VMware Horizon View & Pivot3 vSTAC VDI (MSD) Ref. Architecture Demystified

Off-late Converged VDI Appliance Solutions have raised quite a bit of interest in the Enterprise and SMB segments both because of their inherent benefits and features they carry like No SAN required, easy to deploy etc. There are three primary appliance vendors around there: Pivot3, Nutanix and V3 Systems. They work almost similar fashion in a scale out manner, except V3 System offering Desktops As A Service or Cloud Model with their unique Cloud Orchestration Layer for Desktops in the Cloud. Interesting Feature, indeed! But for that I will come back to you in another post. Here I am going to explain and simplify the “Mobile Secure Desktop” Reference Architecture of VMware View (or Horizon View, whatever you name it!) with Pivot3 vSTAC VDI Appliance. To refresh your memory, I spoke about Pivot3 in couple of my earlier posts. Pivot3 is the first one to get certified for “VMware Rapid Desktop Program”. They advocate the “Serverless Computing” model with their Patented vSTAC OS concept. They have if not the best, at least top notch VDI Converged Solution offering Horizon (VMware) View VDI complete solution.

This post tries to demystify the MSD Ref. Architecture

Ref Arch1
Let’s look at the diagram from Top to Bottom approach. The steps below are almost same in any VMware View Mobile Secure Desktop Solution.Pivot3 has developed a wonderful, scalable, easy to deploy VDI Hardware Appliance (see the Pink Color Devices stacked together) which has VMware vSphere 5.1 and (as of now it supports up-to VMware View 5.1; I haven’t heard from them if it has extended it’s support for Horizon View 5.2 as well) VMware View standard components Installed and Preconfigured.Ref Arch2
The Infrastructure Layer:It consists of:
1. A separate Management Cluster of two nodes (or two hosts) hosting VMware vSphere HA/DRS (ESXi Cluster with vCenter) and VMware View Components and other Virtual Appliances essential for Mobile Secure Desktop Solution. Two Physical Hosts with VMware ESXi installed on them are what constitutes the Management Cluster. And this Management Cluster hosts these Virtual Machines (or Service Appliances):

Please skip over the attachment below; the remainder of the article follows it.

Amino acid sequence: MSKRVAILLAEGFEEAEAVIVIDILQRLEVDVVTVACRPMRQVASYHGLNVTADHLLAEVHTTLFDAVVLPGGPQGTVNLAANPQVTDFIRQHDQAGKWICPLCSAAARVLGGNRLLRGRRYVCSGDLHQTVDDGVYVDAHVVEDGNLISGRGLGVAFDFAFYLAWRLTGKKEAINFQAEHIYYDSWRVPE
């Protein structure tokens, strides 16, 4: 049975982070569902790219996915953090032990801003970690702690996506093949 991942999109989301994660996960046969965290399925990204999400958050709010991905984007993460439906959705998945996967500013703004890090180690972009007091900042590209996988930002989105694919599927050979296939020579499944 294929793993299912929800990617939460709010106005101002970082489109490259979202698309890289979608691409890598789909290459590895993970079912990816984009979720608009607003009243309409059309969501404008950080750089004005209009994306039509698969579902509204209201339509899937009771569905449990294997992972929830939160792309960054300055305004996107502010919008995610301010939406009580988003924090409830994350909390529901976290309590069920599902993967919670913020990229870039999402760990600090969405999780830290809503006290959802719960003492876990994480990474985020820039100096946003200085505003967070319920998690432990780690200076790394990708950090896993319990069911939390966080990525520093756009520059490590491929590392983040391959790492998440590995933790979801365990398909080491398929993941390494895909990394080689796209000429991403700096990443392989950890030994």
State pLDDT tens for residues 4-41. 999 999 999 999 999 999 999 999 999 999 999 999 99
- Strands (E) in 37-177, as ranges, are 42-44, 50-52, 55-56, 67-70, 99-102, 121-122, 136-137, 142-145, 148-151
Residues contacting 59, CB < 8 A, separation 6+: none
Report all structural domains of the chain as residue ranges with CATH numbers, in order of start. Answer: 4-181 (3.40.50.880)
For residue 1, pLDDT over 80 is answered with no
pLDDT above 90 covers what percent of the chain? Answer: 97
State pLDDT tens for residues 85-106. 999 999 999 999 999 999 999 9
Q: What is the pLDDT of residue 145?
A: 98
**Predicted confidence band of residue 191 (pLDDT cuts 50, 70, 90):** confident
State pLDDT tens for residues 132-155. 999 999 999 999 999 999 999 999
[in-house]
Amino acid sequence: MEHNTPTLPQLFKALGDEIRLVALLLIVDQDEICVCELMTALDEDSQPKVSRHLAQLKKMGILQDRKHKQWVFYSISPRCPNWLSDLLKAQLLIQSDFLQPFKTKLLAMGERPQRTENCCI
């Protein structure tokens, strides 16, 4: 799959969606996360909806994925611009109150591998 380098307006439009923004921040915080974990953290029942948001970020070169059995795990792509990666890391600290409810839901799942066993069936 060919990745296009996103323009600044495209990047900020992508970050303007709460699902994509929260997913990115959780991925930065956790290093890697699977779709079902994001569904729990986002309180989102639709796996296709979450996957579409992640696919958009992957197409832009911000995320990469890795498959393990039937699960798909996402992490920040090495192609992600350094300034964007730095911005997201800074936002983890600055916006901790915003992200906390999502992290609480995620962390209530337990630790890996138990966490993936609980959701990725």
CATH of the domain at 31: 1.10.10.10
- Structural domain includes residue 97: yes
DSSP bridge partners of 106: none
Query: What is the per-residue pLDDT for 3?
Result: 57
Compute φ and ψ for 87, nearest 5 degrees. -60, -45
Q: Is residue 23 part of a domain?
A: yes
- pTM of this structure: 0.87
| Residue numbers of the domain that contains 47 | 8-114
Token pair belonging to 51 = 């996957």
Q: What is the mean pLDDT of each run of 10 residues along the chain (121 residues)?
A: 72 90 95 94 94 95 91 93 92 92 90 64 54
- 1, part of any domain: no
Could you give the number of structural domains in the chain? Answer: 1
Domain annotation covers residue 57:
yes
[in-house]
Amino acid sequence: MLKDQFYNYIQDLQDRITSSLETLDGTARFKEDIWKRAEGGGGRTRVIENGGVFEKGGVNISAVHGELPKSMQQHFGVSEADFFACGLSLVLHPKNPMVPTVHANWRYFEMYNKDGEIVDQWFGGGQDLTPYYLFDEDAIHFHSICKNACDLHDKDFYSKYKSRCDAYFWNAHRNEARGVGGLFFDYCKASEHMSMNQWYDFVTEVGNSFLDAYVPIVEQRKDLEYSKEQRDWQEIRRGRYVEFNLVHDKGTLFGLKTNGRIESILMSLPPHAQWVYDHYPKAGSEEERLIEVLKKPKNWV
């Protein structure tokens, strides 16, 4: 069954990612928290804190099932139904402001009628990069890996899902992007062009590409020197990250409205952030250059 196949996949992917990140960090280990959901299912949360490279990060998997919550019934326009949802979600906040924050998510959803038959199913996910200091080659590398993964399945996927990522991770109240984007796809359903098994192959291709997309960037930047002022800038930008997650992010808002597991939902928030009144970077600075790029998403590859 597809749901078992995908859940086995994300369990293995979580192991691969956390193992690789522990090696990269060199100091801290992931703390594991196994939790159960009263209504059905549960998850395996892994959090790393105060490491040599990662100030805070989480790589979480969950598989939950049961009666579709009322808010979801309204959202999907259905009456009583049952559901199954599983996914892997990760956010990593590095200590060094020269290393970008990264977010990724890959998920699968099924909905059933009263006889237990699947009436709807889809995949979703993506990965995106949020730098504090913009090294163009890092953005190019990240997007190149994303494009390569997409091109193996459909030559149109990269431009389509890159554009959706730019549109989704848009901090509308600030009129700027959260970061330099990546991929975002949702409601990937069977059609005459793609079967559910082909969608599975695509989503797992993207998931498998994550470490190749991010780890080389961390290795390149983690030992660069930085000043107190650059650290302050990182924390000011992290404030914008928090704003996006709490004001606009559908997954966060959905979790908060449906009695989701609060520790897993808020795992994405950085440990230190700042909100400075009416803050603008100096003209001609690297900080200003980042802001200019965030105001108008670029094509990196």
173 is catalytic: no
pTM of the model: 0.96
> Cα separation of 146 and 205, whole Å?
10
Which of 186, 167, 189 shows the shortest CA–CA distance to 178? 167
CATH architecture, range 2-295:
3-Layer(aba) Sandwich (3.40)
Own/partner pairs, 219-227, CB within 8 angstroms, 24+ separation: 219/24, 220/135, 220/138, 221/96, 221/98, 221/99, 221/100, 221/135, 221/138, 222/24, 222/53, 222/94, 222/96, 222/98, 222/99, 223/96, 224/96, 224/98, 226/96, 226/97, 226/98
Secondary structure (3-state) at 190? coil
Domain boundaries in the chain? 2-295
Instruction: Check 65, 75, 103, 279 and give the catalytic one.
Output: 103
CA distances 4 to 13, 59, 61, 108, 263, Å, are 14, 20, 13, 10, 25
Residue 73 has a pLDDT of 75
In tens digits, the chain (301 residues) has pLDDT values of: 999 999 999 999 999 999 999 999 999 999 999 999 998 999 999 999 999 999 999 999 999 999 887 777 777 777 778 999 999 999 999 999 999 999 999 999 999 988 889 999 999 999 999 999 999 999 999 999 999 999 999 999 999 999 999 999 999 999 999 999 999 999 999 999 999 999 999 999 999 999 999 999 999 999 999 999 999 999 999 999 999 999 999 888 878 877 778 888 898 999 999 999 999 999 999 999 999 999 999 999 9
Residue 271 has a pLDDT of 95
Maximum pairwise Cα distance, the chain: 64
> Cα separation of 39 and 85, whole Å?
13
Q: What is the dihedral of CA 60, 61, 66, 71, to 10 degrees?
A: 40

a. VMware vCenter with View Composer: To provide the HA/DRS facility within the Management Cluster. View Composer software (part of VMware View Suite) also gets installed on the same vCenter VM to facilitate creation of Linked Clone Virtual Desktops Machines. This is a small piece of Windows Installer which gets installed on a Non-Appliance based vCenter Server.
b. VMware View Connection Server: To provide the Connection Broker Service for the VDI Clients and other VDI services. Usually a pair or more of View Connection Servers are provisioned for redundancy and load balancing purpose. It also holds the View Connection Manager console which is used for Management of VMware View VDI environment.
c. VMware View Security Server: To act as PCoIP DMZ Proxy and facilitate external clients to reach to View Connection Server through a secure path. They are as well implemented in a pair or more for the same reason.
d. SQL Server: To hold the databases of View Connection Server and others (as necessary).